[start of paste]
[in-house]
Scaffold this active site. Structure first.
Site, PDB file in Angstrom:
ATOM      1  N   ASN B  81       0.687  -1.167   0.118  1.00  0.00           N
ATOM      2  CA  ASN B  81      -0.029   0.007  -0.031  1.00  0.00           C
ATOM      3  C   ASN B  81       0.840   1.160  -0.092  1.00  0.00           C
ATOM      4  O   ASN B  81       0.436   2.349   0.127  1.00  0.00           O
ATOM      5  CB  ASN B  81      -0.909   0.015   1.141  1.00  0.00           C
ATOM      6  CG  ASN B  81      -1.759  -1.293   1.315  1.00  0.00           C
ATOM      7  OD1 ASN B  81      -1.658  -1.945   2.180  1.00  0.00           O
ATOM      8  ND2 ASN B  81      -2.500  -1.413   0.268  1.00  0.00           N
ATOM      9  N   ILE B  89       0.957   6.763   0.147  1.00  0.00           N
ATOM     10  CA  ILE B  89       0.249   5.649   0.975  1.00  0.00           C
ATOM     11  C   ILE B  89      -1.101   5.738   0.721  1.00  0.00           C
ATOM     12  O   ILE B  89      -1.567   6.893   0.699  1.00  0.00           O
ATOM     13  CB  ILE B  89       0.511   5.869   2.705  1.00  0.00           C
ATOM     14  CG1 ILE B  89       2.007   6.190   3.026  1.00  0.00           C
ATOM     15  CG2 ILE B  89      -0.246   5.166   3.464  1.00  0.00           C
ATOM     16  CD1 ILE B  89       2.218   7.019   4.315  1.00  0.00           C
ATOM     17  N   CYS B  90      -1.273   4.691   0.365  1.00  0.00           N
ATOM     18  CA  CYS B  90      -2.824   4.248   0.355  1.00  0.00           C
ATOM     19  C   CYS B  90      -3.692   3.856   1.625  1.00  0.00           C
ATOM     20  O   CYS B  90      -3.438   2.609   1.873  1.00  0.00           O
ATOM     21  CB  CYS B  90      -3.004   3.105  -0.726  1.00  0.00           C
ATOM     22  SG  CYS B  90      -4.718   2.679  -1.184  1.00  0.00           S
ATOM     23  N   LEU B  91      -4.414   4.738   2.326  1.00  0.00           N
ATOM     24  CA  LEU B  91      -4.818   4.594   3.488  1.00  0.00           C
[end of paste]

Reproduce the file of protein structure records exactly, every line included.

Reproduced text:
[in-house]
Scaffold this active site. Structure first.
Site, PDB file in Angstrom:
ATOM      1  N   ASN B  81       0.687  -1.167   0.118  1.00  0.00           N
ATOM      2  CA  ASN B  81      -0.029   0.007  -0.031  1.00  0.00           C
ATOM      3  C   ASN B  81       0.840   1.160  -0.092  1.00  0.00           C
ATOM      4  O   ASN B  81       0.436   2.349   0.127  1.00  0.00           O
ATOM      5  CB  ASN B  81      -0.909   0.015   1.141  1.00  0.00           C
ATOM      6  CG  ASN B  81      -1.759  -1.293   1.315  1.00  0.00           C
ATOM      7  OD1 ASN B  81      -1.658  -1.945   2.180  1.00  0.00           O
ATOM      8  ND2 ASN B  81      -2.500  -1.413   0.268  1.00  0.00           N
ATOM      9  N   ILE B  89       0.957   6.763   0.147  1.00  0.00           N
ATOM     10  CA  ILE B  89       0.249   5.649   0.975  1.00  0.00           C
ATOM     11  C   ILE B  89      -1.101   5.738   0.721  1.00  0.00           C
ATOM     12  O   ILE B  89      -1.567   6.893   0.699  1.00  0.00           O
ATOM     13  CB  ILE B  89       0.511   5.869   2.705  1.00  0.00           C
ATOM     14  CG1 ILE B  89       2.007   6.190   3.026  1.00  0.00           C
ATOM     15  CG2 ILE B  89      -0.246   5.166   3.464  1.00  0.00           C
ATOM     16  CD1 ILE B  89       2.218   7.019   4.315  1.00  0.00           C
ATOM     17  N   CYS B  90      -1.273   4.691   0.365  1.00  0.00           N
ATOM     18  CA  CYS B  90      -2.824   4.248   0.355  1.00  0.00           C
ATOM     19  C   CYS B  90      -3.692   3.856   1.625  1.00  0.00           C
ATOM     20  O   CYS B  90      -3.438   2.609   1.873  1.00  0.00           O
ATOM     21  CB  CYS B  90      -3.004   3.105  -0.726  1.00  0.00           C
ATOM     22  SG  CYS B  90      -4.718   2.679  -1.184  1.00  0.00           S
ATOM     23  N   LEU B  91      -4.414   4.738   2.326  1.00  0.00           N
ATOM     24  CA  LEU B  91      -4.818   4.594   3.488  1.00  0.00           C